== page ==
This area is very hot and arid throughout the long summer months, yet can, for a few brief hibernal weeks, be bitterly cold.  Snow is no stranger to Sigoules, but it is a most transient visitor.  Judith tells me that they went from minus nineteen to plus nineteen in a fortnight last winter in Razac d’Eymet.

For the first few days I was here this time I kept an electric heater on all day in the living room and – unheard of in England – all night in the bedroom.  I slept in my clothes, including socks, and hastily added a dressing gown for my nocturnal trips along the corridor.  Although it is still cold I no longer need the heater at night.  Last week was so much warmer that I needed no heating at all.  Jackie tells me it is now more clement in Hampshire than it is here.

Or have we just become so accustomed to central heating that we forget the freezing winters of our childhood and are no longer robust enough to withstand the temperatures in a mostly unheated stone house?  Mind you, it is refreshingly cooler inside during the summer.

The greatest sudden contrast I have experienced was in Perth, Australia in 2007.  Louisa, Errol, their infant Jessica, and I arrived at 2.00 a.m. on Christmas morning to stay with the delightful Gay and Mick O’Neill in preparation for Sam’s marriage to Holly.  We had abandoned a bleak London to disembark from an Air Singapore plane feeling as if we were walking into an oven.  Even at that time it was more than forty humid degrees, in the hottest summer the Australians could remember.  There, the essential facility for a home is air conditioning rather than central heating.  All the news on our hotel room in Melbourne the following week was either of forest fires or severe flooding in one place or another in that vast continent.  The nearest sylvan inferno blazed right up to the end of Mick’s mother’s road.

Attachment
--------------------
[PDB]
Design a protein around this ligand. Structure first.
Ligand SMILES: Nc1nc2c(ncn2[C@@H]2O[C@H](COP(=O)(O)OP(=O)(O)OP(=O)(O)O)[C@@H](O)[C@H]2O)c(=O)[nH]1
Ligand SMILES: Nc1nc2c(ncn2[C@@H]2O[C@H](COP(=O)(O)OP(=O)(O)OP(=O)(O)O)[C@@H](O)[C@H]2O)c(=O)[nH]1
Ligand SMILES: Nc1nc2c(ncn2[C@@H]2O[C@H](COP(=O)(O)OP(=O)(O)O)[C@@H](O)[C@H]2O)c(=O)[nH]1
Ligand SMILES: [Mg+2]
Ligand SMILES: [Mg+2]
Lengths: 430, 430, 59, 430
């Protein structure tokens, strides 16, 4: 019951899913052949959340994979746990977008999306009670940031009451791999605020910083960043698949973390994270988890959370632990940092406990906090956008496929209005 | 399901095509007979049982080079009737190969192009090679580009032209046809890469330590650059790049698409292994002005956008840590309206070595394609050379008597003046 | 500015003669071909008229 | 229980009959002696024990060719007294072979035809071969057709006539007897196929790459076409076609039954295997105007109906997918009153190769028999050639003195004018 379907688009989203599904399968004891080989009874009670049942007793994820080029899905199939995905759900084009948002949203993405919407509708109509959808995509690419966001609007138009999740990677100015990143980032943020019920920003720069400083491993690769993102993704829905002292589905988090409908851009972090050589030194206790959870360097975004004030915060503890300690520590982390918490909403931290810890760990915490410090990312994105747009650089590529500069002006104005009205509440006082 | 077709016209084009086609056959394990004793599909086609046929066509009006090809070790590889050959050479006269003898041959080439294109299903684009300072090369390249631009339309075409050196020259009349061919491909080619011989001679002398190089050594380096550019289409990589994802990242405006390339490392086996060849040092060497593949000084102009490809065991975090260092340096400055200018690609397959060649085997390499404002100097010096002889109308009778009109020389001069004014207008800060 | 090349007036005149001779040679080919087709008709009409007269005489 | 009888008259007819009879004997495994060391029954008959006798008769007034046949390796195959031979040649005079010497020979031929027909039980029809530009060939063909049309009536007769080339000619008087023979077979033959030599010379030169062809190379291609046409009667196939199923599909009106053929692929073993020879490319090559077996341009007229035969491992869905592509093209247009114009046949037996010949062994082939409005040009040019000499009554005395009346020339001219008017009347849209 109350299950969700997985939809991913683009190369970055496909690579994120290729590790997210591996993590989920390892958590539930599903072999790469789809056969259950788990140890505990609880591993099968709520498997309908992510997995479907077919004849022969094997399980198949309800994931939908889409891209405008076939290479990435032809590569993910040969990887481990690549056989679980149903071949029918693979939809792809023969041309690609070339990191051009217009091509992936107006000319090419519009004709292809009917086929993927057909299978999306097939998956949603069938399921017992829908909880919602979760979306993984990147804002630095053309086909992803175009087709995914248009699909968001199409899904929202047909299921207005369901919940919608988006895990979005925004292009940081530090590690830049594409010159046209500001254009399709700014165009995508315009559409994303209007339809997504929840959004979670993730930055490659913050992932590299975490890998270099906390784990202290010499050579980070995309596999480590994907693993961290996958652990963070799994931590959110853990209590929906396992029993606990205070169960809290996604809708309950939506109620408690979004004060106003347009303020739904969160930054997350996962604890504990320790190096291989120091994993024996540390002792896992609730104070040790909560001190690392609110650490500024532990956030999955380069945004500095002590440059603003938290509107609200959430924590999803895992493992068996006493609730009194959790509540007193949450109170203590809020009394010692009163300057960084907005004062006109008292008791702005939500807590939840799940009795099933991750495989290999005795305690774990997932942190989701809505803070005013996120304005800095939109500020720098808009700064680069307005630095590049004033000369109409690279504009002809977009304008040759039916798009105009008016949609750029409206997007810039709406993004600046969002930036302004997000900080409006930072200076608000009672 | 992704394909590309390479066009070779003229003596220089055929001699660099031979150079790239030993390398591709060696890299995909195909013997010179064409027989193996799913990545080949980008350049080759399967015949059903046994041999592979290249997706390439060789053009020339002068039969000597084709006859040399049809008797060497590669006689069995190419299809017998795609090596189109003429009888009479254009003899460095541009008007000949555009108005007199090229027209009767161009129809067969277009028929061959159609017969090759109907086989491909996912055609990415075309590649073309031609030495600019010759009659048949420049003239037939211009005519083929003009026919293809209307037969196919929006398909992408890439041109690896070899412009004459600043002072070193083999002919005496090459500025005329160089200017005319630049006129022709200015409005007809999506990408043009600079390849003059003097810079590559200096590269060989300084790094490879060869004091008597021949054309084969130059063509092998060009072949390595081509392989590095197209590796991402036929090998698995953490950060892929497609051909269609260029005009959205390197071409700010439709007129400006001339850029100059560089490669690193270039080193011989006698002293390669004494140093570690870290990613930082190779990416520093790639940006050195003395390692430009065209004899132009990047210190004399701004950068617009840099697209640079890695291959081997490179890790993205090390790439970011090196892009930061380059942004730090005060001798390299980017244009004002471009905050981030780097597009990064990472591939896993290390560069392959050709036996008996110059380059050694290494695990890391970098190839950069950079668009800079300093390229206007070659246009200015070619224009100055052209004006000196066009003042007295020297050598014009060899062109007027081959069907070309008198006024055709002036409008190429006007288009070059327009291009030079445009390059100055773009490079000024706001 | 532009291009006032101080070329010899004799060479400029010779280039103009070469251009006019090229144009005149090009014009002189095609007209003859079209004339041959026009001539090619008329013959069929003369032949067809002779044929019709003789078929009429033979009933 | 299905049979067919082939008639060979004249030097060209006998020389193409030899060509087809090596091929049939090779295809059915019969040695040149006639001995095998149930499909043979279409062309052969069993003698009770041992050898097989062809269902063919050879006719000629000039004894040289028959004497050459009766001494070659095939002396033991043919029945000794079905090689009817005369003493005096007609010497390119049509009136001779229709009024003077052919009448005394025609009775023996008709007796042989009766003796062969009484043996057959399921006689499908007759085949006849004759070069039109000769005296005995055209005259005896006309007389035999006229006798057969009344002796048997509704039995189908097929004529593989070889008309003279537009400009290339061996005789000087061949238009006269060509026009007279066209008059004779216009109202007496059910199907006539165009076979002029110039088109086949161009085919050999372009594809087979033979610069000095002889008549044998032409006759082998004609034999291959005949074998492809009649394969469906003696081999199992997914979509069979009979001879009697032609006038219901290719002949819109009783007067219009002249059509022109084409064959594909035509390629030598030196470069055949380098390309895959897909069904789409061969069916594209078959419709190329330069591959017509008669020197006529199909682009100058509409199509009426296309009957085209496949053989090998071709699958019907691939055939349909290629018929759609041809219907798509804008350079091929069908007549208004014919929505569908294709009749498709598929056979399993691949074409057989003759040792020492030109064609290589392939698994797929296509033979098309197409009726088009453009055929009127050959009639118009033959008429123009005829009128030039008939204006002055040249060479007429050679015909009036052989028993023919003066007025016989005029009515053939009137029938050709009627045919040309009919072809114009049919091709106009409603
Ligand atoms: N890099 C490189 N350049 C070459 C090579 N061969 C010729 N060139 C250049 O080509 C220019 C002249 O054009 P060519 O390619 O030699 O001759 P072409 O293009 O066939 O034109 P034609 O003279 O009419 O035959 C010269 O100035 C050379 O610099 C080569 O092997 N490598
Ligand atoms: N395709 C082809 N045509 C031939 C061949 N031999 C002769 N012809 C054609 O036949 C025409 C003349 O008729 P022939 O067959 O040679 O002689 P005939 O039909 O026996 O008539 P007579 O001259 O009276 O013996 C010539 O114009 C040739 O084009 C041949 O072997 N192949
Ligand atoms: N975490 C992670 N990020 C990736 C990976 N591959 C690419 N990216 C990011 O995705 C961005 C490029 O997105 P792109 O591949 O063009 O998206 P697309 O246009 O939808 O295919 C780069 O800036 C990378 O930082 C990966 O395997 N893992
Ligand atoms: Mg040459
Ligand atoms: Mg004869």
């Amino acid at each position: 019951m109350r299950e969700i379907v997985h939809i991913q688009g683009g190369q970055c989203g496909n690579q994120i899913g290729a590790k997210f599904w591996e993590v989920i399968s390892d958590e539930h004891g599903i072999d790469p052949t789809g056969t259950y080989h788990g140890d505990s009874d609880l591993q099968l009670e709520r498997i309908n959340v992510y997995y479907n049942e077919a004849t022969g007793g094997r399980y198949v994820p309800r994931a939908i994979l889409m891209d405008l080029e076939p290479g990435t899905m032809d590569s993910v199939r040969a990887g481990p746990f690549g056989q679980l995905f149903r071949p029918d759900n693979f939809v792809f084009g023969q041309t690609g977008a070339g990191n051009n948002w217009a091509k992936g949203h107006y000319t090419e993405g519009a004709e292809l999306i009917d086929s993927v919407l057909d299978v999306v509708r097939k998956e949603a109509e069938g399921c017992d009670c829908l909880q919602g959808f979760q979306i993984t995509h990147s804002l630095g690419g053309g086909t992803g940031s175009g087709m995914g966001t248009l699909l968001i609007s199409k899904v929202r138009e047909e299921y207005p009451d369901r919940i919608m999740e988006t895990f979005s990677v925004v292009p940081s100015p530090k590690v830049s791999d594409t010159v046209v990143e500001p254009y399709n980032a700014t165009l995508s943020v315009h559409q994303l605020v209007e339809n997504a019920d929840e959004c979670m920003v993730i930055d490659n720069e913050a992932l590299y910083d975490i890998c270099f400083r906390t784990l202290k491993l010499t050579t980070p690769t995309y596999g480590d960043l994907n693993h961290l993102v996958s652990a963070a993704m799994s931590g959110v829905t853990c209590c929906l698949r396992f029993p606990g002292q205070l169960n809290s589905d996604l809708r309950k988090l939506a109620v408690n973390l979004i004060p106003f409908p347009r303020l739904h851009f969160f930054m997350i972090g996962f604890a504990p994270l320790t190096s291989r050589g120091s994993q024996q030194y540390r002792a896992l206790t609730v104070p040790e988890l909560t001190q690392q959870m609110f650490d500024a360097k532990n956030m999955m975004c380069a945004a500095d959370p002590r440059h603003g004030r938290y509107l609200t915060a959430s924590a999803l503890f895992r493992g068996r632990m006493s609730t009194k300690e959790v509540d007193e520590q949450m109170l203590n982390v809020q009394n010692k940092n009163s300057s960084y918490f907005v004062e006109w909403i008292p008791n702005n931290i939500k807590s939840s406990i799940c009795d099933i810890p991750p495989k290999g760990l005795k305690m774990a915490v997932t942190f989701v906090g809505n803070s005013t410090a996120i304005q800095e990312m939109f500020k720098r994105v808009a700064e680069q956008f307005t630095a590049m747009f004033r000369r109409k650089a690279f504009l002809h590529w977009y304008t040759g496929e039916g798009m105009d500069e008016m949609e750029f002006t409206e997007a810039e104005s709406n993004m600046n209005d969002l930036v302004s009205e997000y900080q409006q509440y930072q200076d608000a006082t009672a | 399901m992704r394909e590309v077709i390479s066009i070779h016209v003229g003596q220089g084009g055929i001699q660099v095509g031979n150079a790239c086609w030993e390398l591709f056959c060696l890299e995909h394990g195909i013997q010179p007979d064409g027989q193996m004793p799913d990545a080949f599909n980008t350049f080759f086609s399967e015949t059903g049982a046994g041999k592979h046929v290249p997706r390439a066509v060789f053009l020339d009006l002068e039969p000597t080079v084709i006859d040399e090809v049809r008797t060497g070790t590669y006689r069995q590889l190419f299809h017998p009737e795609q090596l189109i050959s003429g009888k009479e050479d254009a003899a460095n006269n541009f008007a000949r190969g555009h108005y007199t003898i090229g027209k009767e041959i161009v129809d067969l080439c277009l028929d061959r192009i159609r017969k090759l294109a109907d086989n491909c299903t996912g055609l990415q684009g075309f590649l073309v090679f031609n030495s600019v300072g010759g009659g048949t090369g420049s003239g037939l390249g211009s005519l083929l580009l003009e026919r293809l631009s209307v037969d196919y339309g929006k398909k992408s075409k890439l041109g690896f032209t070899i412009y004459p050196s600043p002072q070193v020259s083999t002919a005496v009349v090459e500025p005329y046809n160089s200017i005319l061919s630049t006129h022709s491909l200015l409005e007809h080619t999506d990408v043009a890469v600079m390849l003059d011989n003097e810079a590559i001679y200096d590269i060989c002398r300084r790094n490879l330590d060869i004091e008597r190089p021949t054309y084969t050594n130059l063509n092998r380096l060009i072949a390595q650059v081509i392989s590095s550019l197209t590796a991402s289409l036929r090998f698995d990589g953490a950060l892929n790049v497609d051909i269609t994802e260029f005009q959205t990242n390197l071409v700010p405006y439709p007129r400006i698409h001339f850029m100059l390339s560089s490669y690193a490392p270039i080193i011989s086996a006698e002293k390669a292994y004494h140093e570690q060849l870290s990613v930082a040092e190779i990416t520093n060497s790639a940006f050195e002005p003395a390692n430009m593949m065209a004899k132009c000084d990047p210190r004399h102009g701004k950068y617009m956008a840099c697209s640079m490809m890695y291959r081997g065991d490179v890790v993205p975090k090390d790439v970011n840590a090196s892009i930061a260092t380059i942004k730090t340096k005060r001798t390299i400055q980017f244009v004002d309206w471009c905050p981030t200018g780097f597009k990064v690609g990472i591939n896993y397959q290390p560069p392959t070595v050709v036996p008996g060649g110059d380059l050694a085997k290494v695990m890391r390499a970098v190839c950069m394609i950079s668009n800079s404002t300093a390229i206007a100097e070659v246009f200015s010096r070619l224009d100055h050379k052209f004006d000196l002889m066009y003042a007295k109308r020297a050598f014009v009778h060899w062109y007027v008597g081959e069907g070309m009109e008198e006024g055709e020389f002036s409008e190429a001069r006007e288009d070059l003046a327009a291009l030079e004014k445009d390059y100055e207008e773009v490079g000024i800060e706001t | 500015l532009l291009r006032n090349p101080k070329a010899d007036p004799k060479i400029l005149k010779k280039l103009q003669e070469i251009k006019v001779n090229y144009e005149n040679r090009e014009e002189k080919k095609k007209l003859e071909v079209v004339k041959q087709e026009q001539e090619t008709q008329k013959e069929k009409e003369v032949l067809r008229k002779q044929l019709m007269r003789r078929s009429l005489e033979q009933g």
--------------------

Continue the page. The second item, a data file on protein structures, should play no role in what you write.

Jessica fought a long losing campaign to get me into winter woollies.  As I sit here in a long lanate Lakeland jumper, I am now grateful that she bought me that one.

I warmed up in Le Code Bar with a scrumptious pulse and noodles soup; a vol-au-vent filled to overflowing with a delicious sauce that just had to be mopped up with bread; a large slice of lean pork cooked on the, minimal, bone and a plentiful platter of crisp chips; completed by two fresh coffee eclairs, probably from the superb boulangerie.

Clouds brought both rain and comparative warmth this afternoon. rue Traversiere,  Sigoules (2) 2.12 After tramping around damp and dripping village streets I set off down the D17, took a left turn just before the leisure centre, up a narrow winding byroad, left at the top, and back down past the lake to rue St. Jacques. Donkey on hilltop 2.12 From the top of his field the mud-spattered donkey silently surveyed my passing on the D17.  When I walked by along the hillside track the dogs had their usual go at me.  He left them to it.

Chateau Cluzeau 2.12The upward climb offered a level, albeit rain-veiled, view of Chateau Cluzeau.

Today’s title is a parody that of the 1974-1981 television sitcom series ‘It Ain’t Half Hot Mum’ based on the adventures of an execrable concert party entertaining the troops in Burma.